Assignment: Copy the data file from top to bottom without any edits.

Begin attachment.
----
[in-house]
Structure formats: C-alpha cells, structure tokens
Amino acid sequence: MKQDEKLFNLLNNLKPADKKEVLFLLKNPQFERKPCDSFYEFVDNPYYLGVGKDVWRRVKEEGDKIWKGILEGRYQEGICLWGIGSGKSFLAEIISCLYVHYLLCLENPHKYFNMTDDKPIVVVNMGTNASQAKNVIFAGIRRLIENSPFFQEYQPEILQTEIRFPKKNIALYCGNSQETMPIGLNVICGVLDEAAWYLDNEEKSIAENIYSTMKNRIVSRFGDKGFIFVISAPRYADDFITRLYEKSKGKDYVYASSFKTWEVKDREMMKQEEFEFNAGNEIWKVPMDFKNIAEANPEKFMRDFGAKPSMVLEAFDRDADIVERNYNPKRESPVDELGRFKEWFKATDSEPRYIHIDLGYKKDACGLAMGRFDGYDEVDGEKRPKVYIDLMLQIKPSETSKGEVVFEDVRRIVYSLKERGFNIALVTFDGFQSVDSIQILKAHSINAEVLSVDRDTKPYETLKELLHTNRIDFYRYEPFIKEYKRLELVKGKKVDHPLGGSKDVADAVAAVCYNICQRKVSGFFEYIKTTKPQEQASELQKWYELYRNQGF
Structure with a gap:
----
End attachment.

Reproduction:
[in-house]
Structure formats: C-alpha cells, structure tokens
Amino acid sequence: MKQDEKLFNLLNNLKPADKKEVLFLLKNPQFERKPCDSFYEFVDNPYYLGVGKDVWRRVKEEGDKIWKGILEGRYQEGICLWGIGSGKSFLAEIISCLYVHYLLCLENPHKYFNMTDDKPIVVVNMGTNASQAKNVIFAGIRRLIENSPFFQEYQPEILQTEIRFPKKNIALYCGNSQETMPIGLNVICGVLDEAAWYLDNEEKSIAENIYSTMKNRIVSRFGDKGFIFVISAPRYADDFITRLYEKSKGKDYVYASSFKTWEVKDREMMKQEEFEFNAGNEIWKVPMDFKNIAEANPEKFMRDFGAKPSMVLEAFDRDADIVERNYNPKRESPVDELGRFKEWFKATDSEPRYIHIDLGYKKDACGLAMGRFDGYDEVDGEKRPKVYIDLMLQIKPSETSKGEVVFEDVRRIVYSLKERGFNIALVTFDGFQSVDSIQILKAHSINAEVLSVDRDTKPYETLKELLHTNRIDFYRYEPFIKEYKRLELVKGKKVDHPLGGSKDVADAVAAVCYNICQRKVSGFFEYIKTTKPQEQASELQKWYELYRNQGF
Structure with a gap: